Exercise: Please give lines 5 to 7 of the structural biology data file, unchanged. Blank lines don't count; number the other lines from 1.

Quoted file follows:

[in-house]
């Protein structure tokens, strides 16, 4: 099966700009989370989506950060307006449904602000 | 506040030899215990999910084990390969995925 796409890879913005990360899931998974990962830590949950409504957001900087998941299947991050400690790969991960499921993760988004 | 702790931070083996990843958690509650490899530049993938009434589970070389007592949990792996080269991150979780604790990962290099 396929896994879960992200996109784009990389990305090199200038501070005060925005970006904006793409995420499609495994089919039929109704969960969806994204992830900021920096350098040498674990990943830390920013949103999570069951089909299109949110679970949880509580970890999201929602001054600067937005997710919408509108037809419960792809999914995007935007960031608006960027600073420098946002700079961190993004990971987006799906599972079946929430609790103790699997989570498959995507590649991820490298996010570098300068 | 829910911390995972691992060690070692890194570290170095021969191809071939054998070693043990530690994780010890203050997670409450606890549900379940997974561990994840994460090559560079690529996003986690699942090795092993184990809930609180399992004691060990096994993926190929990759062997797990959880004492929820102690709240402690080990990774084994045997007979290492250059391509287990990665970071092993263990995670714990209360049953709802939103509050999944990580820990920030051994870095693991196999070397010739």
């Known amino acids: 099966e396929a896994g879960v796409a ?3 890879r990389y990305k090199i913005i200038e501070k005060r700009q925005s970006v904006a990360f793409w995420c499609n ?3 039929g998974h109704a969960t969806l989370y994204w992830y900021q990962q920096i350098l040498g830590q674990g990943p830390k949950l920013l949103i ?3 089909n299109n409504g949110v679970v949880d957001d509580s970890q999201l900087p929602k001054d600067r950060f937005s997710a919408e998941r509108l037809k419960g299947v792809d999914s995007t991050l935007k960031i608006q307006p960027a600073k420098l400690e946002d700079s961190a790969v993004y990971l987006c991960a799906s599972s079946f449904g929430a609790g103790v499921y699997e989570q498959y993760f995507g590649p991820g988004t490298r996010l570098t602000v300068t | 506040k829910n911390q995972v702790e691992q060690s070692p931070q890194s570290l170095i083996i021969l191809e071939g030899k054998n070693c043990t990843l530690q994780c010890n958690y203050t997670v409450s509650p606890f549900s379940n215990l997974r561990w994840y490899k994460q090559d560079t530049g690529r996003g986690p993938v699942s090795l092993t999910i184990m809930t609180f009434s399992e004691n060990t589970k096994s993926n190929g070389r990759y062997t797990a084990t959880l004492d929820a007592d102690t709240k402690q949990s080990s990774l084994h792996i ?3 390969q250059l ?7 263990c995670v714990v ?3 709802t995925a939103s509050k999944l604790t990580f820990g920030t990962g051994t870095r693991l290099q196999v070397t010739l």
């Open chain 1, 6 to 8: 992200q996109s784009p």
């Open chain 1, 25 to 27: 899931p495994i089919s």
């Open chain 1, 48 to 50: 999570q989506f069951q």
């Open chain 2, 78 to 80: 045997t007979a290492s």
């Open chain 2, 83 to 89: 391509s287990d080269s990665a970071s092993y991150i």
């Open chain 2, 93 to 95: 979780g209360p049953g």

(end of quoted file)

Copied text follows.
């Open chain 1, 25 to 27: 899931p495994i089919s």
């Open chain 1, 48 to 50: 999570q989506f069951q």
């Open chain 2, 78 to 80: 045997t007979a290492s």